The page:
Norwegian Air, a low-cost airline that has one of the largest Max 8 fleets outside the United States, said it would seek compensation from Boeing after European regulators grounded the aircraft.

“It is obvious that the costs incurred by the temporary grounding of brand-new aircraft should be covered by those who have made the airplane,” the company said in a statement on Wednesday.

Belying its name, Norwegian flies routes all over Europe and beyond. According to the airline’s website, flights to European destinations were running with moderate delays and a handful of cancellations.

In a message to passengers, the airline said that it had 18 Max 8 aircraft in its fleet of more than 160 planes.

In December, a technical error forced a Max 8 jet to land in Iran en route to Oslo from the United Arab Emirates. The jet was stranded at the Shiraz airport for months, apparently caught up in United States sanctions on Tehran’s nuclear program that prohibit civilian aircraft sales, including services and parts.

That jet returned to service but is now grounded, the airline said.

Nobody has grounded more Boeing 737 Max 8 jets than China. With its order on Monday that Chinese airlines idle their fleets of the beleaguered aircraft, 96 planes went out of commission.

How did that affect flying in China? Not a whole lot, even on the first day.

Chinese airline canceled 62 flights outright on Monday as a result of the grounding, according to VariFlight, an online tracking company. For another 288, it found substitute aircraft, while five flights were completed before the grounding took effect later on Monday.

That represents a minor ripple in what has become some of the busiest airspace in the world. According to Chinese safety regulators, last year an average of 15,000 flights took off every day. Chinese airlines represent 14 percent of global traffic, according to figures from Boeing, and could account for one-fifth in two decades’ time.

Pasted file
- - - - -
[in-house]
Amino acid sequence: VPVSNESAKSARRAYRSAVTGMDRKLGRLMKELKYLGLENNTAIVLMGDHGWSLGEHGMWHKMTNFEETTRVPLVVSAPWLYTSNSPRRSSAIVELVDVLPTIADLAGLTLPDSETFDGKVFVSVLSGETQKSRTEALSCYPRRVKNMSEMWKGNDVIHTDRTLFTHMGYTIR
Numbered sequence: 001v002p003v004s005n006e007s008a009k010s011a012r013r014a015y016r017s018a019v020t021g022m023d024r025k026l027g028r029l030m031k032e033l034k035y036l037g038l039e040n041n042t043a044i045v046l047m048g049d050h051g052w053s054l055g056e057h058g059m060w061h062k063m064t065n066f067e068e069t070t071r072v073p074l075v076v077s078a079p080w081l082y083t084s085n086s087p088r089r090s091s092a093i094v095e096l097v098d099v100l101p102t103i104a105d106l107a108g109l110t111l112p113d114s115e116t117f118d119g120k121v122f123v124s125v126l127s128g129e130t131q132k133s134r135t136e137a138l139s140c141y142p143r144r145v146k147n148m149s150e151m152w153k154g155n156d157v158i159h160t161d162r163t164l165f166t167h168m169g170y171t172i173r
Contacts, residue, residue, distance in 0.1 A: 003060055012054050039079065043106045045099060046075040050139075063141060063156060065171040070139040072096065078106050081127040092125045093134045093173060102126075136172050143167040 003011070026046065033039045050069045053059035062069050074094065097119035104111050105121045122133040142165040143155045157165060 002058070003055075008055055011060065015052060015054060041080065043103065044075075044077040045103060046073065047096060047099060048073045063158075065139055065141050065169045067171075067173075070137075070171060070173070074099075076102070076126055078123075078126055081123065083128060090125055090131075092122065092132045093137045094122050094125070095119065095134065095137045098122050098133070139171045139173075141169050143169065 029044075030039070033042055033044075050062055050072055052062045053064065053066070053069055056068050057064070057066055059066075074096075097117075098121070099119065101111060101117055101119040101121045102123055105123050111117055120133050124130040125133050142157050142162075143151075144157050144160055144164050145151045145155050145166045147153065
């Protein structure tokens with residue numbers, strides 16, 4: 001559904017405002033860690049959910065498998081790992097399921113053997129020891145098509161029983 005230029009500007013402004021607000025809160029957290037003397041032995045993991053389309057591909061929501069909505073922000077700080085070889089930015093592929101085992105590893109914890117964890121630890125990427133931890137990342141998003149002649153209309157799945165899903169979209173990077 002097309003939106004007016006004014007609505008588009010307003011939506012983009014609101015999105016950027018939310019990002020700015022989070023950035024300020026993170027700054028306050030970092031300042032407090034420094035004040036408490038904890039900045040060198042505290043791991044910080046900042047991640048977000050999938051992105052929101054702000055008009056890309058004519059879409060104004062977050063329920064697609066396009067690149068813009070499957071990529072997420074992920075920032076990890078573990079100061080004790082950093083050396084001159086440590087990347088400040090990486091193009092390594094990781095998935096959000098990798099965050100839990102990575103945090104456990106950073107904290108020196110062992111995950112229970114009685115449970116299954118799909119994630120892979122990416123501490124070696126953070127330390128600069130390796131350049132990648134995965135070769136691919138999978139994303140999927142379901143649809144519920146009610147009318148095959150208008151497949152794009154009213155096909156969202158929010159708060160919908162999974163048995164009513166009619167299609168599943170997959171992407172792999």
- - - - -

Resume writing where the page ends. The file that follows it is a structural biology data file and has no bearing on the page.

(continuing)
China has room for flexibility in other ways.

Flight delays are common in China, so airlines schedule fewer flights per day for each aircraft, leaving more available to potentially fill in. Air traffic controllers and the airlines themselves are highly cautious about allowing planes to fly in poor weather. The military controls most of China’s airspace and frequently closes large areas, resulting in more delays.

For all of those reasons, many Chinese passengers may not have noticed the groundings. Of the Max 8 flights that continued to operate on Monday, mostly with substitute planes, the average delay was 70 minutes.

[We answered readers’ questions about the Boeing 737 Max 8.]

While regulators in much of the world have ordered temporary groundings of the Boeing 737 Max 8 as a precautionary measure, the United Nations civil aviation agency said it would await definitive findings about what went wrong on Ethiopian Airlines Flight 302.

“Once the final report into this accident is available we will have verified and official causes and recommendations to consider,” the agency, the International Civil Aviation Organization, said in a statement on Tuesday.

“In the meantime ICAO recognizes the right of those national governments who may choose to act on the limited information currently available by taking immediate flight safety precautions regarding 737 Max 8 operations,” it said.

The agency, based in Montreal, manages the Convention on International Civil Aviation, the agreement that ensures safe and orderly air travel around the world. According to its website, the agency, which has sanction powers to enforce compliance with the convention, works with United Nations member states and industry groups “in support of a safe, efficient, secure, economically sustainable and environmentally responsible civil aviation sector.”